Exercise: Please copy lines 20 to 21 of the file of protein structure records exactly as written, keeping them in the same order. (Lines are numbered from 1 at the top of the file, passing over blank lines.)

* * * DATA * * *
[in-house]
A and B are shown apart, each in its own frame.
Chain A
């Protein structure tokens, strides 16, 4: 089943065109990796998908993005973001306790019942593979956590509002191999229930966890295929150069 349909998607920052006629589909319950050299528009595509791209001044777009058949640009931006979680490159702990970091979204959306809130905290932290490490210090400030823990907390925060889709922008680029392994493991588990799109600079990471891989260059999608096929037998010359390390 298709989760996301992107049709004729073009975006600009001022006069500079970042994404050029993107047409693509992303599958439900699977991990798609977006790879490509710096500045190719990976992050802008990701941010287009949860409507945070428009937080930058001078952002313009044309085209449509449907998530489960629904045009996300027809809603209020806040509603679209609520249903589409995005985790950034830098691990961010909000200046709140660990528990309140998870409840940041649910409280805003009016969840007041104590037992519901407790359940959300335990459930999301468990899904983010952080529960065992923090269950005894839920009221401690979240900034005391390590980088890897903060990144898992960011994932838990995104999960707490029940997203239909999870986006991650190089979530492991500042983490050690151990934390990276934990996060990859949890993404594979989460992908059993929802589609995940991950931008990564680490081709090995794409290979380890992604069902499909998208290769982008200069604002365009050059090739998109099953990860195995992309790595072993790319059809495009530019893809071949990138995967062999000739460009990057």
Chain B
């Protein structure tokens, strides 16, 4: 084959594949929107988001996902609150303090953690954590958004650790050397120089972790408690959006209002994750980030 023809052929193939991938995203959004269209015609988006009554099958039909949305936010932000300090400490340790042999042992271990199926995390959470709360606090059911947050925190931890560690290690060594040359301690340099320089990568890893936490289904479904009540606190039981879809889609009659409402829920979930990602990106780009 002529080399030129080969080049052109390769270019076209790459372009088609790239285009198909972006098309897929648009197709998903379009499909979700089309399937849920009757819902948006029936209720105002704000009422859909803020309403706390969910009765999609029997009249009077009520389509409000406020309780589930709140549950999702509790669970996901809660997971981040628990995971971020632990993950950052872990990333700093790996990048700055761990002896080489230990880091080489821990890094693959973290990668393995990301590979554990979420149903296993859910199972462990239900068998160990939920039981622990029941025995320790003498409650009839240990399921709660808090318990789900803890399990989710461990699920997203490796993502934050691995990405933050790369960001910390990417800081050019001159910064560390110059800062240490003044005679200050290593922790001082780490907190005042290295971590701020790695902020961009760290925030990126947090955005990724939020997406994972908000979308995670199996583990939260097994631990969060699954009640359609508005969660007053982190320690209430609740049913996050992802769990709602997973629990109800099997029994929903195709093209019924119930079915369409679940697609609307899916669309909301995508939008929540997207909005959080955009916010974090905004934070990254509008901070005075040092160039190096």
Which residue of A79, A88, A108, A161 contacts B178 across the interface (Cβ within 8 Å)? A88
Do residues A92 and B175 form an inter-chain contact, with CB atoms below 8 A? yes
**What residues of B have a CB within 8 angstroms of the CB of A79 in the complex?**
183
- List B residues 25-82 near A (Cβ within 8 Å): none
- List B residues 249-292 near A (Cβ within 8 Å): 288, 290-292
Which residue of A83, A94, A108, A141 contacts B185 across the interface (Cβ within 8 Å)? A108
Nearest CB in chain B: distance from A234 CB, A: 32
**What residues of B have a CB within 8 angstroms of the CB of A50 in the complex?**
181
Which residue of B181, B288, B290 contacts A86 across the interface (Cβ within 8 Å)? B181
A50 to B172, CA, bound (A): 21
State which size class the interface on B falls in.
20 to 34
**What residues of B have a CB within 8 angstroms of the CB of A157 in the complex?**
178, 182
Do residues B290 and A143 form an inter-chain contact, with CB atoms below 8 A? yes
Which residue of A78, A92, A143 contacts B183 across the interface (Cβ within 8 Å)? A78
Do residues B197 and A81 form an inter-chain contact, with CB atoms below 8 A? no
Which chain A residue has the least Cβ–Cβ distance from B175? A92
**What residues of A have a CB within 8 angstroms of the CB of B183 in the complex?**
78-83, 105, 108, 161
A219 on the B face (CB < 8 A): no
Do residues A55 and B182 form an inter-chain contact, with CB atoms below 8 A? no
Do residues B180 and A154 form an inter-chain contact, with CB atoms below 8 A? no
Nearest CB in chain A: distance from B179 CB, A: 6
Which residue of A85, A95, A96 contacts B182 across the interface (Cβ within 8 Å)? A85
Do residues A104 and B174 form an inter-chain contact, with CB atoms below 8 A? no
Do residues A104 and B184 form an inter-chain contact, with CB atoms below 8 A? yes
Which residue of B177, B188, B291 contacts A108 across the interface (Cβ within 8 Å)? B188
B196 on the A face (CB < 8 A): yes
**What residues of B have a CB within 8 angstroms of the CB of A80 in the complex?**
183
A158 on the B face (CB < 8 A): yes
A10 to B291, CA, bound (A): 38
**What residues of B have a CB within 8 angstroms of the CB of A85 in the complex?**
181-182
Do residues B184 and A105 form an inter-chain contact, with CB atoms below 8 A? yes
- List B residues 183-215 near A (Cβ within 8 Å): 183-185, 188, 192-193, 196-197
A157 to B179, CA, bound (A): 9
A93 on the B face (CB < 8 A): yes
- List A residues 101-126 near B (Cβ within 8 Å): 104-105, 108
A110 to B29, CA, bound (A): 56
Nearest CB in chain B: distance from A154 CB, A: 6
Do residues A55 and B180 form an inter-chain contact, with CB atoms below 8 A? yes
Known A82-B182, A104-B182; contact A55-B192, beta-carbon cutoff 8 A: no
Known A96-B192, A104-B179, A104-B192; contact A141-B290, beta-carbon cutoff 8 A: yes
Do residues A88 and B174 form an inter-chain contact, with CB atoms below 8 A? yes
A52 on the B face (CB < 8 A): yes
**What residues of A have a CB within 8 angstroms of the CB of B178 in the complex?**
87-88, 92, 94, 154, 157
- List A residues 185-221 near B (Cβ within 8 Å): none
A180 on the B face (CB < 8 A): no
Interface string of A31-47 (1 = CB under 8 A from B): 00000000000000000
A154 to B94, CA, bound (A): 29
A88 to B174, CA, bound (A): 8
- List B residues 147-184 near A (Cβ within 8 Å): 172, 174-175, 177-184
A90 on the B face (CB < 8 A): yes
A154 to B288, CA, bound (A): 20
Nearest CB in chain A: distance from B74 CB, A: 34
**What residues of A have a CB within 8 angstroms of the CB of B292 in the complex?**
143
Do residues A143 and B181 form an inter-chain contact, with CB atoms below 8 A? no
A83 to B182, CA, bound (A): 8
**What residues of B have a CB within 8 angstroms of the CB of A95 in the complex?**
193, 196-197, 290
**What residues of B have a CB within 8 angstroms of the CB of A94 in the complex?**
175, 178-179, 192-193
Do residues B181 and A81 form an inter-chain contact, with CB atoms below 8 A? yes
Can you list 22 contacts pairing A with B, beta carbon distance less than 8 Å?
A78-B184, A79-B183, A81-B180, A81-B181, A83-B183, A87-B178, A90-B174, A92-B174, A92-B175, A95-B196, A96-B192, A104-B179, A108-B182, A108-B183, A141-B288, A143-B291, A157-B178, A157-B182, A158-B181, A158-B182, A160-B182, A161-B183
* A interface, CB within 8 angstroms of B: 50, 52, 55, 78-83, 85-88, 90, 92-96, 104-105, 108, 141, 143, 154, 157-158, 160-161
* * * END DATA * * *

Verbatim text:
20 to 34
**What residues of B have a CB within 8 angstroms of the CB of A157 in the complex?**